Lighting Up Hassan’s Outlook
Hassan spent three months training at Save the Children and UNICEF’s Multi Activity Centre in Za’atari camp. In partnership with UNICEF, Save the Children runs four Multi Activity Centres in the camp. The gender segregated centres target youth between the ages of 14 and 24. The centres allow youth to engage in a wide range of activities like sports, psychosocial support, arts, informal education and much more.
A vocational training programme in electrical power was recently offered at the boys’ centre, to introduce the skill to whoever was interested. Hassan registered in the course three months ago, where he learned about household electrical power and how to fix it when problems arise.
“I didn’t know anything about electricity until I came to the centre. I cando electrical wiring for a whole house now and fix my neighbors’ electrical problems,” said 18 year-old Hassan.
Hassan used to go to school before he and his family of 11 fled to Za’atari camp 14 Months ago due to the escalating conflict in Syria. He was aiming to become a computer engineer after graduating from school, but like many children who fled Syria, his goals were shifted.
“I wanted to work in computers and to be an expert in that, now I can’t because I’m a refugee living in a camp,” shared Hassan, “I prefer to work in electricity because I believe it’s easier for me to make use of it here.”
Since no one in Hassan’s family is working, he felt the need to be useful and to prove that he’s able to be productive in hopes of generating an income for his family. Hassan had no previous knowledge on electricity, but after his participation in the training, he is now looking for new opportunities inside the camp.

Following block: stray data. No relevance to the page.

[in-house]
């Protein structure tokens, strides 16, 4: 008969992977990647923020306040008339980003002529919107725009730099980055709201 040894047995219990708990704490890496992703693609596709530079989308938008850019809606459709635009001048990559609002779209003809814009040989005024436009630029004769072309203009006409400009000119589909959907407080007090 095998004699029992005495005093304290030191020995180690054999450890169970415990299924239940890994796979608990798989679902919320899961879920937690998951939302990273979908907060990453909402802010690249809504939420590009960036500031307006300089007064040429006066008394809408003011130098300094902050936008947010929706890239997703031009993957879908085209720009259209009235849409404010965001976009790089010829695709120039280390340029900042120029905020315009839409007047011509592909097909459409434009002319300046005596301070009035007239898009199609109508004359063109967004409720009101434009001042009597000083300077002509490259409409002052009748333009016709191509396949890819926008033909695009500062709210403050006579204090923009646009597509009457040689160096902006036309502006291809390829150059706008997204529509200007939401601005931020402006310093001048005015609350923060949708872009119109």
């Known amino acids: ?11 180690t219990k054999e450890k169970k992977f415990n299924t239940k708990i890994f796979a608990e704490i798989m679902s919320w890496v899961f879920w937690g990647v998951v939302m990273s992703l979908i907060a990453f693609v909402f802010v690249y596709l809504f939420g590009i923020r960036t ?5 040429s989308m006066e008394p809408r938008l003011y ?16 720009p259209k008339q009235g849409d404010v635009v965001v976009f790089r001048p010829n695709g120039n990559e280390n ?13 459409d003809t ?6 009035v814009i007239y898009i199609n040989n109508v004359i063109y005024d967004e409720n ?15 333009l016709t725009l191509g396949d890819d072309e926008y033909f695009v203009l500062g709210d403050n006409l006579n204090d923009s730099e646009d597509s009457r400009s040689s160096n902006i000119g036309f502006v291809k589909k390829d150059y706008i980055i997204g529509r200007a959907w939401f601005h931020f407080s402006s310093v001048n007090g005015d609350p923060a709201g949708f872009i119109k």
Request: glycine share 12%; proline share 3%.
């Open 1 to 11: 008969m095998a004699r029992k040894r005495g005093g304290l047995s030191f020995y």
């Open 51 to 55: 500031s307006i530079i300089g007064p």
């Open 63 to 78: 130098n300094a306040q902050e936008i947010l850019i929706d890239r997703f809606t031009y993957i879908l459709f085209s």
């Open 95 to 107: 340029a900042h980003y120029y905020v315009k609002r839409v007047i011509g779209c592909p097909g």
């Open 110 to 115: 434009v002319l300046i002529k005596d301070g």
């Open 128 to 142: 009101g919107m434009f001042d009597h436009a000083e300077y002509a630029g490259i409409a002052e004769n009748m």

“I know some electricians who work across the camp whom I could assist because I now have the knowledge and practice,” he said, “and if we go back to Syria, I can use this skill to be a professional electrician.”
Before attending the multi-activity centre, Hassan used to sit in his tent with barely anything to do. Joining the centre, gave him an opportunity to make new friends and engage in fun and educational activities.
“I learned to play volleyball here really well, and I do it on a daily basis at the centre,” said Hassan.
At home, his family also noticed positive changes in Hassan’s attitude and outlook on life in the camp, which encourages him to work harder.
“I feel more hopeful and that encourages me to continue with learning and developing myself,” he added.